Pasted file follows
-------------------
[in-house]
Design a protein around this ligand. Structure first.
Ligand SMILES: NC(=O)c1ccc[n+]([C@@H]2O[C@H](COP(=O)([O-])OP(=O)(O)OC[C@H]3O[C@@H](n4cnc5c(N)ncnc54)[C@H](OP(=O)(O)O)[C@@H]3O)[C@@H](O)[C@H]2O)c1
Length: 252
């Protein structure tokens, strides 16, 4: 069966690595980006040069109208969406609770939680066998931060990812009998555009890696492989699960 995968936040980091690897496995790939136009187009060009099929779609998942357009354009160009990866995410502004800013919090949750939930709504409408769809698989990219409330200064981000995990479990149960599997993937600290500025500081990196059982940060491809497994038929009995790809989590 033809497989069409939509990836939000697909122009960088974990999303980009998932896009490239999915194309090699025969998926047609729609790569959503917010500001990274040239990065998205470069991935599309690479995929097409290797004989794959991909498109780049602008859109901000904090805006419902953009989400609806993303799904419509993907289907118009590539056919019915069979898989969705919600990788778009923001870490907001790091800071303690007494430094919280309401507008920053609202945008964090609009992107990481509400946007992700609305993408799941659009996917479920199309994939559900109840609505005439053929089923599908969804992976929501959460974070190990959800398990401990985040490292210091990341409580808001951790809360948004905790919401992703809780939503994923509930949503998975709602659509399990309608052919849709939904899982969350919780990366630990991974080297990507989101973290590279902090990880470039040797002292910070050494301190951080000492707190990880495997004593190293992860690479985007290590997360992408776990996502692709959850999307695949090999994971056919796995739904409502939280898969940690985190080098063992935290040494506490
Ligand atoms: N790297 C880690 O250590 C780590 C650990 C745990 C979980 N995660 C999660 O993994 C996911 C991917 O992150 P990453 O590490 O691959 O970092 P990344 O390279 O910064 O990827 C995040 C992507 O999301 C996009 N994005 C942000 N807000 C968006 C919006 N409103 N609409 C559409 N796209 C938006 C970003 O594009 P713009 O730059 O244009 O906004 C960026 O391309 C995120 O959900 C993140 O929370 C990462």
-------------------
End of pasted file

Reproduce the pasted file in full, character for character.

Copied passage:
[in-house]
Design a protein around this ligand. Structure first.
Ligand SMILES: NC(=O)c1ccc[n+]([C@@H]2O[C@H](COP(=O)([O-])OP(=O)(O)OC[C@H]3O[C@@H](n4cnc5c(N)ncnc54)[C@H](OP(=O)(O)O)[C@@H]3O)[C@@H](O)[C@H]2O)c1
Length: 252
């Protein structure tokens, strides 16, 4: 069966690595980006040069109208969406609770939680066998931060990812009998555009890696492989699960 995968936040980091690897496995790939136009187009060009099929779609998942357009354009160009990866995410502004800013919090949750939930709504409408769809698989990219409330200064981000995990479990149960599997993937600290500025500081990196059982940060491809497994038929009995790809989590 033809497989069409939509990836939000697909122009960088974990999303980009998932896009490239999915194309090699025969998926047609729609790569959503917010500001990274040239990065998205470069991935599309690479995929097409290797004989794959991909498109780049602008859109901000904090805006419902953009989400609806993303799904419509993907289907118009590539056919019915069979898989969705919600990788778009923001870490907001790091800071303690007494430094919280309401507008920053609202945008964090609009992107990481509400946007992700609305993408799941659009996917479920199309994939559900109840609505005439053929089923599908969804992976929501959460974070190990959800398990401990985040490292210091990341409580808001951790809360948004905790919401992703809780939503994923509930949503998975709602659509399990309608052919849709939904899982969350919780990366630990991974080297990507989101973290590279902090990880470039040797002292910070050494301190951080000492707190990880495997004593190293992860690479985007290590997360992408776990996502692709959850999307695949090999994971056919796995739904409502939280898969940690985190080098063992935290040494506490
Ligand atoms: N790297 C880690 O250590 C780590 C650990 C745990 C979980 N995660 C999660 O993994 C996911 C991917 O992150 P990453 O590490 O691959 O970092 P990344 O390279 O910064 O990827 C995040 C992507 O999301 C996009 N994005 C942000 N807000 C968006 C919006 N409103 N609409 C559409 N796209 C938006 C970003 O594009 P713009 O730059 O244009 O906004 C960026 O391309 C995120 O959900 C993140 O929370 C990462």